The Open: Rory McIlroy says he 'brain dead'
Rory McIlroy labelled himself "brain dead" and "unconscious" after slumping to a first round of 79 in the Open Championship at Muirfield.
McIlroy won five times in 2012, including a second major title by eight shots in the US PGA Championship, but has posted just one top-five finish in 2013 since his controversial multi-million pound switch to Nike in January.
The 24-year-old confessed to feeling "a little lost" as he missed the cut in the Irish Open last month and again cut a downcast figure after he completed the back nine in 42 today, including putting off the 15th green into a bunker.
"I don't know what you can do," the world number two said. "You've just got to try and play your way out of it. But it's nothing to do with technique. It's all mental out there. And then I just need to concentrate, obviously.
"But sometimes I feel like I'm walking around out there and I'm unconscious. I just need to try to think more. I'm trying to focus and trying to concentrate. But I can't really fathom it at the minute and it's hard to stand up here and tell you guys what's really wrong."
McIlroy walked off the course midway through the second round of his defence of the Honda Classic in March saying he was not in the "right place mentally" and threw one club in frustration and leant on another so hard that he bent the shaft out of shape in the final round of the US Open last month.
After missing the cut in the Irish Open, McIlroy spent time in London testing more Nike drivers and insisted he had found the right one, but other parts of his game remain well below par.
"I felt like I had made a lot of progress but then you shoot a round like this and you go back to the drawing board. I'm definitely under-thinking on the golf course, maybe over-thinking it off of it.
"I feel like I got off to a decent start, made a couple of silly mental errors on the fourth and fifth, a good two on seven and had a chance to get back to even par on nine. The start of the back nine was not very good."
Bogeys at the 10th and 11th were followed by a double-bogey six at the 12th, McIlroy adding: "Going left of the pin on 12, when I had no right to be going anywhere near that pin, that's just thoughtless. It's just so brain dead.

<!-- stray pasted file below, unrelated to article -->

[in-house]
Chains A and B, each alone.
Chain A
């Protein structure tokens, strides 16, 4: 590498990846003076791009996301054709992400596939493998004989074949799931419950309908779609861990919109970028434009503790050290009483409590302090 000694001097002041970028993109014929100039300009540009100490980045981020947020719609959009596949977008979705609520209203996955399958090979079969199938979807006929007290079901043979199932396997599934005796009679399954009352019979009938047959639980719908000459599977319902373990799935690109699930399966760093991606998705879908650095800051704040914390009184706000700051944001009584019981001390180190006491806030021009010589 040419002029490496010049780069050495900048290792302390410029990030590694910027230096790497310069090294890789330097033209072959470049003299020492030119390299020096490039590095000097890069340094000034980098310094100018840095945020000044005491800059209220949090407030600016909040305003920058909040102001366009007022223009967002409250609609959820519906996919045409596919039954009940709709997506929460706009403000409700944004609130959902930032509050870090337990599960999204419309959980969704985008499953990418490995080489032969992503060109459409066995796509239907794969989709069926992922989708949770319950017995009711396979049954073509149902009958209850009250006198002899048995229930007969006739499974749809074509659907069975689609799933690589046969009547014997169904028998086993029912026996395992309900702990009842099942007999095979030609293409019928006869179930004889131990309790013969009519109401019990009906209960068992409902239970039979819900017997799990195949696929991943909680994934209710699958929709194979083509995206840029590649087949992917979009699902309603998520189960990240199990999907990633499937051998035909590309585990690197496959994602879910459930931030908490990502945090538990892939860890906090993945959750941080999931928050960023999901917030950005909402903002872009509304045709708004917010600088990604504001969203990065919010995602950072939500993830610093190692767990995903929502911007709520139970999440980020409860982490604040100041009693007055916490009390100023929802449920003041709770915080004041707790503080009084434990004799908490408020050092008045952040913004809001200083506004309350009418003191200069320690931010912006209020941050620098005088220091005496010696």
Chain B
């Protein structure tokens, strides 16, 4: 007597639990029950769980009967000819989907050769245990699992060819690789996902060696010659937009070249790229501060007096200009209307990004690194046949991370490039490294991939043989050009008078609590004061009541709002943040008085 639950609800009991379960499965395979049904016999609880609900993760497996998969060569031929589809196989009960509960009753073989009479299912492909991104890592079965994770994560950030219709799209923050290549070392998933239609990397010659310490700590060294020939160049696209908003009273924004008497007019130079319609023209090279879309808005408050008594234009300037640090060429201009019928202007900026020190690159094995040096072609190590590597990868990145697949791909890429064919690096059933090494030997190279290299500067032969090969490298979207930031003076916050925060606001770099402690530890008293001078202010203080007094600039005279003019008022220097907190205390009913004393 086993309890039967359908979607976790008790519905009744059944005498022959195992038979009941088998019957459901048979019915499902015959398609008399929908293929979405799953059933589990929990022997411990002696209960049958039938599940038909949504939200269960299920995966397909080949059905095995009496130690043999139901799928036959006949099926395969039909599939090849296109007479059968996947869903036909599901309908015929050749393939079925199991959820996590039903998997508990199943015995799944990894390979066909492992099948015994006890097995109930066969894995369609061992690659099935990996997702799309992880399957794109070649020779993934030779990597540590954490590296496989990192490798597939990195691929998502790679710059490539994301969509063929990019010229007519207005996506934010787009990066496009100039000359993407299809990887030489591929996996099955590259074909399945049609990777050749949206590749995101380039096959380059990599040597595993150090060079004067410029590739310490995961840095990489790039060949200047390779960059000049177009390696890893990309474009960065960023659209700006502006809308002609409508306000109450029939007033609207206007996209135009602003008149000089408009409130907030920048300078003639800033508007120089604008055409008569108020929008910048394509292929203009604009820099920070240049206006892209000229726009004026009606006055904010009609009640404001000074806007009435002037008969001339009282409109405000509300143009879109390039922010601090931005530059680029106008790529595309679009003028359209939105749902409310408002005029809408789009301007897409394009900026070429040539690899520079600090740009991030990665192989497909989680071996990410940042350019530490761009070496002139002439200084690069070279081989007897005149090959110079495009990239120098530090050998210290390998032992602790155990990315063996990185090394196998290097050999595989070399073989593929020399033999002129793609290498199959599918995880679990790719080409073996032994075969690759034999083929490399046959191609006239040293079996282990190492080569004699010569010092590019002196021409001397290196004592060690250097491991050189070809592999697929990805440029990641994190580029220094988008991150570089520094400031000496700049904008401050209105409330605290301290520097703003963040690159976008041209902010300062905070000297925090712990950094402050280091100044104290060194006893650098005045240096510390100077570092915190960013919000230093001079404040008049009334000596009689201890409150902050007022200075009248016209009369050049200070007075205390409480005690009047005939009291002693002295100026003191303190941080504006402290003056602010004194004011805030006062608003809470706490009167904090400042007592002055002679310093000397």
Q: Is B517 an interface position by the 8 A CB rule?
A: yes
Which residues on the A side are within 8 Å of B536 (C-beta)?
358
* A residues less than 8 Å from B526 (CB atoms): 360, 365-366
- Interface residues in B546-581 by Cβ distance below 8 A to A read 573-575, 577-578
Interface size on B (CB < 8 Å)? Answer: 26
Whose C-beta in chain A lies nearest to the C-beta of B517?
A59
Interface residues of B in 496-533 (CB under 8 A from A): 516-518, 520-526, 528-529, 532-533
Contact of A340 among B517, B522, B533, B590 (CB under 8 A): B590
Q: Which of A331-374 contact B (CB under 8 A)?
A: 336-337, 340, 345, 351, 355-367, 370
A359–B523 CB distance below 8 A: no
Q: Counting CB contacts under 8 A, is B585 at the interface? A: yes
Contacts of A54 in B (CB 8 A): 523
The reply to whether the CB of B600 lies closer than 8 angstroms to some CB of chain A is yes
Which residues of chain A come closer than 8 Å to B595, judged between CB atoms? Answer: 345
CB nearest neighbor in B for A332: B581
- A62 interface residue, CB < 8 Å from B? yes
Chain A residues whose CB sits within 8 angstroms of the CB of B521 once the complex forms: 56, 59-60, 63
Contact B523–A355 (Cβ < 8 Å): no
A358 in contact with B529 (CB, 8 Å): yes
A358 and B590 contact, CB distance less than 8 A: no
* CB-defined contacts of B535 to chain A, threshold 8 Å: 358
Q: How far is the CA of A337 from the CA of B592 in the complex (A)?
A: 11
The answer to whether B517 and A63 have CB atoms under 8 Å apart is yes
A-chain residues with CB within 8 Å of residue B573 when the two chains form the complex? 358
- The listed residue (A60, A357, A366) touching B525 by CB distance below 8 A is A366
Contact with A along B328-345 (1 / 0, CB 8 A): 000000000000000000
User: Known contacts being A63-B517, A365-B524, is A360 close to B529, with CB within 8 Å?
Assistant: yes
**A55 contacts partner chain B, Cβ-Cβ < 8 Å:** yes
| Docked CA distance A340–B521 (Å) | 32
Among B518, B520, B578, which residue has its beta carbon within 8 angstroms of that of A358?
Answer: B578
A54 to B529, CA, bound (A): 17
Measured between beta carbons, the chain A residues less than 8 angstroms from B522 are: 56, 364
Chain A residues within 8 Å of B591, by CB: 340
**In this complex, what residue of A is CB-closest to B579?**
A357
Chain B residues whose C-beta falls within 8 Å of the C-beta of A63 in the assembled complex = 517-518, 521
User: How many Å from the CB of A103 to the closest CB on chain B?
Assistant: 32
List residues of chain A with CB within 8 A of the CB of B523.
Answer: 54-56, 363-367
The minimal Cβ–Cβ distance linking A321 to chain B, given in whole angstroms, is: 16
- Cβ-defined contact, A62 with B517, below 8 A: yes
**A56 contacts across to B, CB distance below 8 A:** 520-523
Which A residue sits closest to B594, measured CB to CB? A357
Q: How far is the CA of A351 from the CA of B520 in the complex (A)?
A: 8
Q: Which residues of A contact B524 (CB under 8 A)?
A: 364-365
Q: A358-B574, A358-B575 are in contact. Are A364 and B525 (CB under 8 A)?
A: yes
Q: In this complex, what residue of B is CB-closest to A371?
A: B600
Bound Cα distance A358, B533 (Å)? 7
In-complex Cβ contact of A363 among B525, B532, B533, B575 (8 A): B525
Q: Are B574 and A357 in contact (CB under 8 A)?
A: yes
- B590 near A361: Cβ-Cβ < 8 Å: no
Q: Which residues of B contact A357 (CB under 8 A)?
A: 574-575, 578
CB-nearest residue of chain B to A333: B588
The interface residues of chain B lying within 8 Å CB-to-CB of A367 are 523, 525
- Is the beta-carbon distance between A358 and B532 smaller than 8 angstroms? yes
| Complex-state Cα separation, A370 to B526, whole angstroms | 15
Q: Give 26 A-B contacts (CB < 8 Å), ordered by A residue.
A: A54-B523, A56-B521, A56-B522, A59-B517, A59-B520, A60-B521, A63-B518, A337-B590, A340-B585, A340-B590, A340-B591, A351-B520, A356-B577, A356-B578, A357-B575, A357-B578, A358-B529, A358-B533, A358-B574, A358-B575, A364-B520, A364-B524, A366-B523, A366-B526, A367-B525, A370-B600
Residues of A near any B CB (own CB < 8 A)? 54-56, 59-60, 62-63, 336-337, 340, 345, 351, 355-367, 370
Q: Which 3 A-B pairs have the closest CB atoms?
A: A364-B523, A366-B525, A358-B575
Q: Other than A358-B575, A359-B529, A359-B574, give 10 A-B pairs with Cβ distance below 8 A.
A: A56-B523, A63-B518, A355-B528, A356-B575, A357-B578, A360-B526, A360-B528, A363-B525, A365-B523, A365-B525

"Seriously, I feel like I've been walking around out there like that for the last couple of months. I'm trying to get out of it. I just don't quite know why."
A birdie on the 13th repaired some of the damage but the Northern Irishman then putted off the 15th green into a bunker and ran up his second double bogey in the space of four holes.
McIlroy admitted he was suffering from a lack of confidence and could go back to working with a sports psychologist.
"I've worked with Bob (Rotella) before a little bit. It could be beneficial to see someone like that again, we'll see," he added.
"I felt like I struck the ball okay. So as long as I can somewhat get my mind in a better place, I can go out there and try and shoot a good score tomorrow.
"I want to try to be here for the weekend. But the thing that I need to do tomorrow is just go out there and freewheel it and try and make birdies and try and play with that little bit of whatever it is I have usually. That's what I've to try and go out and do tomorrow, even though it's going to be tough to make birdies out there obviously."
McIlroy's score was the same as three-time Open winner Nick Faldo, who had earlier downplayed suggestions of a row with McIlroy, insisting he is the Ryder Cup star's "big granddad".
Faldo had said McIlroy needed to "concentrate on golf, nothing else" to regain his form, to which McIlroy responded by saying that he was doing exactly that and Faldo should know how hard golf can be at times.
"I'm friends with Rory - don't write it any other way," Faldo said today. "I've known him since he's 12. He was a big part of my Faldo Series. I'm like big granddad, here, saying exactly those things. Just give it your full attention when you want to play golf.
"I'm trying to give him a little caring, loving help here."